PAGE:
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Friday, July 27, 2012

Gothic Rock forefathers pt.I (Black Sabbath)

I almost completed a new upload on Danse Society's logo...
I was planning to upload it today when suddenly yesterday night as I was with friends at a local band's gig I overheard a discussion of some youngsters who debated over the origin's of our genre...
I won't produce here their sayings and arguments but... come on people get to know where you "come" from...!
Now this blogpage is not about lengthy argumentations. The term gothic in itself exists since the 13th century...
How can one though claim he "knows" gothic rock without acknowledging that they've been some bands and artists especially in the '70s, who "prepared" mostly aesthetically the ground for the original gothic rock era of the '80s.
The almighty Mick Mercer sites some in his books, now it's summer read a little bit... 

One of them was definitely Black Sabbath, whether you like it or not.  
Their imagery had it all. Gothic attire, crosses, black letters, crows, odd black-clad figures, dark moods, isolation, silence, weird landscapes, allusions about sex and death and the lot.
Here are but a few pictorial examples as a token...

1970's self titled LP cover spread

1976's "We sold our soul to R'n'R" comp LP back cover

1973's "Sabbath Bloody Sabbath" LP back cover
Anyone still believes that the Sisters and the Mission thought of cathedrals as perfect photo shooting scenery?

Tuesday, July 17, 2012

A remote island for Killing Joke

As known to older fans and mentioned also in the history page of KJ's official website, in 1982, Jaz Coleman under the influence of occultism and especially of the works of Aleister Crowley, got the idea that the Apocalypse was imminent. 
First him (on the day of the 3rd anniversary of Killing Joke's formation) and then other members of Killing Joke travelled to Iceland and remained there for several months.
The following press clippings depict the musical press reaction to this odd event...

Read more on this event by Jaz himself as he describes them in the Holland Park lectures:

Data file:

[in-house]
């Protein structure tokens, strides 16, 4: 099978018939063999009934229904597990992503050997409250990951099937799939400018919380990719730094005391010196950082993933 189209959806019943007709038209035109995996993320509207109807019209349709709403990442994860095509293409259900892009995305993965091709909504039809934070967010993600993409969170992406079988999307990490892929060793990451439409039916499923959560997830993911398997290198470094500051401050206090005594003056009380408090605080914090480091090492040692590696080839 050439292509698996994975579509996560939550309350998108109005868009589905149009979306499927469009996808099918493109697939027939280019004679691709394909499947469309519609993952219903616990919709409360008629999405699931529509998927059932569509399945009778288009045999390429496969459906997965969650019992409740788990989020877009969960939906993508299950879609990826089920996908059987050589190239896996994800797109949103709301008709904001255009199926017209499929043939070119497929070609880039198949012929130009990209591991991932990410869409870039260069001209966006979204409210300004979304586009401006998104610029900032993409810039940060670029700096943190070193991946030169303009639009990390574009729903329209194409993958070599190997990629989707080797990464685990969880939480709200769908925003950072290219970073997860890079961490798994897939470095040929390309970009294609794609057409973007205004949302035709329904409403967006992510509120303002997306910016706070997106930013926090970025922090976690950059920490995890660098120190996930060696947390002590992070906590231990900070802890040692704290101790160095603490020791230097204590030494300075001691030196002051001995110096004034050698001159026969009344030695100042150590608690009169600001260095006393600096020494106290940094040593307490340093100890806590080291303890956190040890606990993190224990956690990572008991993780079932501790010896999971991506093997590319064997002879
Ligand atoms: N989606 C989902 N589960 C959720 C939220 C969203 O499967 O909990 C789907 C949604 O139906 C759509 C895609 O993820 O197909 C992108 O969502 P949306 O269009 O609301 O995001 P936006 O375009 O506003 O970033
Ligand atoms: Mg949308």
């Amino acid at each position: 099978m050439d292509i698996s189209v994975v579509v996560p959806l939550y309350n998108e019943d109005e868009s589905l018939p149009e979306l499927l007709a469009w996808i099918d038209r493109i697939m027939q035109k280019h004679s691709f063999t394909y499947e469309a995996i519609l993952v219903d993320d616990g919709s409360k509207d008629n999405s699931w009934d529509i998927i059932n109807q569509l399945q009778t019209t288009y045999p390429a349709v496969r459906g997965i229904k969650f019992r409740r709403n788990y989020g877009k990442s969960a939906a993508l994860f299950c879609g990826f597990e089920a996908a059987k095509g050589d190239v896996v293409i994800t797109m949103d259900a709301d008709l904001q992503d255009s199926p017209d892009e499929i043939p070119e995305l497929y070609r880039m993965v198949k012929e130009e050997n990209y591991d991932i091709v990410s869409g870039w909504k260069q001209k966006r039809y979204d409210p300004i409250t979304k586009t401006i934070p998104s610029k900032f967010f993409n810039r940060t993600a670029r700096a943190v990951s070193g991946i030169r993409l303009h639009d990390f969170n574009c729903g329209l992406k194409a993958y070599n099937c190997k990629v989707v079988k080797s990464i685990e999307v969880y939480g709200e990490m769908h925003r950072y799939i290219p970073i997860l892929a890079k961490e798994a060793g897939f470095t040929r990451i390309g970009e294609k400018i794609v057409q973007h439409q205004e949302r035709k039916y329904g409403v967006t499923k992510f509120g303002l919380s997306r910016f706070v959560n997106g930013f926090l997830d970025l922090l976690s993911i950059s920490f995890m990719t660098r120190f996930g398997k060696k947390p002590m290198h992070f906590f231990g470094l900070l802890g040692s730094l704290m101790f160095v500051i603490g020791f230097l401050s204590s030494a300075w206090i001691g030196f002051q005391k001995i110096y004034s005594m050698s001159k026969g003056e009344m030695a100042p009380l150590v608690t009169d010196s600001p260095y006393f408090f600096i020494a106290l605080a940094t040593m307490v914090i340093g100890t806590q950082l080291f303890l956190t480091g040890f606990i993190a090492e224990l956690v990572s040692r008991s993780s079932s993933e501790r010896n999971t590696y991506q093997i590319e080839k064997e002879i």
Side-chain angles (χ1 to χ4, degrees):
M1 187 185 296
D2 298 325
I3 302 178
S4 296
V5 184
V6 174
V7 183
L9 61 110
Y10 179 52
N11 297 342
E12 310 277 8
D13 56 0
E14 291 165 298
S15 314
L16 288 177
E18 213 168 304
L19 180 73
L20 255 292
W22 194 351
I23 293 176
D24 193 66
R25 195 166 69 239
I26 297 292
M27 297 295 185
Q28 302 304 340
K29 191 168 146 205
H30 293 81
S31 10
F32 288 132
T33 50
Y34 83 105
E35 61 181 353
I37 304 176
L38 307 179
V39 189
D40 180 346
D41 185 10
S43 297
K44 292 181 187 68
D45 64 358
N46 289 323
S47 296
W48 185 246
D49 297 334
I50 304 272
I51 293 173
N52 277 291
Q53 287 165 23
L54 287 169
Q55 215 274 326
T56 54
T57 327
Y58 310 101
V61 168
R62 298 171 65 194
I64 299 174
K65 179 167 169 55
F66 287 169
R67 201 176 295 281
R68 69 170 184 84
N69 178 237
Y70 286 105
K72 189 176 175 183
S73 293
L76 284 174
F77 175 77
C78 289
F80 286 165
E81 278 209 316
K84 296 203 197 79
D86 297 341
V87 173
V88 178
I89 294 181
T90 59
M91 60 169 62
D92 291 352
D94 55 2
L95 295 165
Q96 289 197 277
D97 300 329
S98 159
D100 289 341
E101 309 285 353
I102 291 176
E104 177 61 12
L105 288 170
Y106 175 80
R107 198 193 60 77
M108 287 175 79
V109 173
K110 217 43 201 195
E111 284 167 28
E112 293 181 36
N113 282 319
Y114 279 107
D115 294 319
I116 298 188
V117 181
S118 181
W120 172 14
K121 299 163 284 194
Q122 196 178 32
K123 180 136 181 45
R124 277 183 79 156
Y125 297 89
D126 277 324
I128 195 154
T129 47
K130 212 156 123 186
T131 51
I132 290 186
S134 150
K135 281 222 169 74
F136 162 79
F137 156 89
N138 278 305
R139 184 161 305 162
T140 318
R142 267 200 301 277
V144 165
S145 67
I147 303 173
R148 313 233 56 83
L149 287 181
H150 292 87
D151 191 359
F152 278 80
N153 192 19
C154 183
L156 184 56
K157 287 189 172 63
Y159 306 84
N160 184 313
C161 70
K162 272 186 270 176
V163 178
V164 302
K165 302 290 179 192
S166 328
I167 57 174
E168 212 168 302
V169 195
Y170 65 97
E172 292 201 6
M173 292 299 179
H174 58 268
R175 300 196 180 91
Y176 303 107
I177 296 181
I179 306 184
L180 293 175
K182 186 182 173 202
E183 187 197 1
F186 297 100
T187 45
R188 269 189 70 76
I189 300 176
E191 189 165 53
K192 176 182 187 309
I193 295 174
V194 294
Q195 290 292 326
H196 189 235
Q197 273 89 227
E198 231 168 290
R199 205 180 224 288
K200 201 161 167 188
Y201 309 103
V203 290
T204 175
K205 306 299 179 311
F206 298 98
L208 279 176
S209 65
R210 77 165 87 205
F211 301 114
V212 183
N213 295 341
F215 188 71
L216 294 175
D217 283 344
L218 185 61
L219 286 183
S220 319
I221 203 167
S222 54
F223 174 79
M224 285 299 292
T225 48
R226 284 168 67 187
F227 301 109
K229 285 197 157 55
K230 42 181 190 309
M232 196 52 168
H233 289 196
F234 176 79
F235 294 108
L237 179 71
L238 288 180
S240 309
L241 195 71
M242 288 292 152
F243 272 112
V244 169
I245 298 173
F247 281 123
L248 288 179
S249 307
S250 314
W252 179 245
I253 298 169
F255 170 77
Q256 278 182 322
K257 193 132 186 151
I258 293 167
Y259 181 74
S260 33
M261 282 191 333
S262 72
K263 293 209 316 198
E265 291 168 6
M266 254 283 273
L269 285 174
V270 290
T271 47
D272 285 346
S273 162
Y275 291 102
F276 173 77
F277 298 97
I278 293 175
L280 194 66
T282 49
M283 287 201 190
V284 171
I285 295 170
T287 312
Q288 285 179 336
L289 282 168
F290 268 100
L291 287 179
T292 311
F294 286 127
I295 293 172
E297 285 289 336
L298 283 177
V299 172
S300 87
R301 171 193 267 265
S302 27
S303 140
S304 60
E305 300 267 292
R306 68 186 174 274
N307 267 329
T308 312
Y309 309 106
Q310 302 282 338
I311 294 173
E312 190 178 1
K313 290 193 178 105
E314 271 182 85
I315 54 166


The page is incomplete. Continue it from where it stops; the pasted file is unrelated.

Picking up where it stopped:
Thanks to S.Savage.G for the above clippings. 

Wednesday, July 11, 2012

Bauhaus clippings

Here are some Bauhaus magazine ad clippings I recently received from a friend.

The first is a magazine ad (Zig Zag?) concerning the release of their third single "Terror Couple Kill Colonel" from 1980. The song referred to Paul Bloomquist (a high ranking US Viet Veteran) who was killed by a bombing attack in Frankfurt in 1972.
Note at the bottom the 9 UK dates to promote the single.

The second is from their 1981's LP album "Mask". It reached no. 30 in the UK charts.
The illustrations on the cover were drawn by Daniel Ash. He later used this style also for purposes of "Tones on Tail" material. 
Check also here the live dates at the bottom and the vertical extract taken from the inner sleeve poem (first line) on the left.

The last one in colors that match their sixth single sleeve. As you can read initial 20.000 (!) copies contained a lyric sheet. 
This 7" reached no. 56 in the british charts back then. It's also notable that Nick Cave's band The Birthday Party were the opening act on the promotional tour...

"Dancing in catacombs
 dancing in Tuxedo drags..."

Monday, July 2, 2012

Ralph Gibson and the (proto) Goths

Hi folks I'm back again!
Hope you're all OK hiding your precious white skin from the sun...

Here we go again...

Ralph Gibson is an acclaimed American photographer, born in Los Angeles in 1939.
He became famous for his black & white surreal and often erotic photographies and his best known to our tribe (!), work is this picture from the "The Somnambulist" series, shot in 1970.

I'm sure you recognized it , especially if you are Joy Division fans as
it appeared in  the inner sleeve of  the "Unknown Pleasures" LP in 1979.

The sleeve was designed by a young then designer named Peter Saville, who started as
a clumsy collaborator of Tony Wilson's Factory only to become through his innovations
with record sleeves one of the most important and influential graphic designers of the 1980's.
The photographer is though not credited anywhere...

In 1983 this same picture was used as a processed faded image on the back sleeve
of the March Violets 12" "Crow Baby" (Rebirth RB1812) - but not on the 7"!

You can still see it on the (brilliant) March Violets actual website
as a purple decorative detail on the right.
If you're in the mood for more of Ralph Gibson's work, visit his great site:

Stay tuned for more gothic curiosities...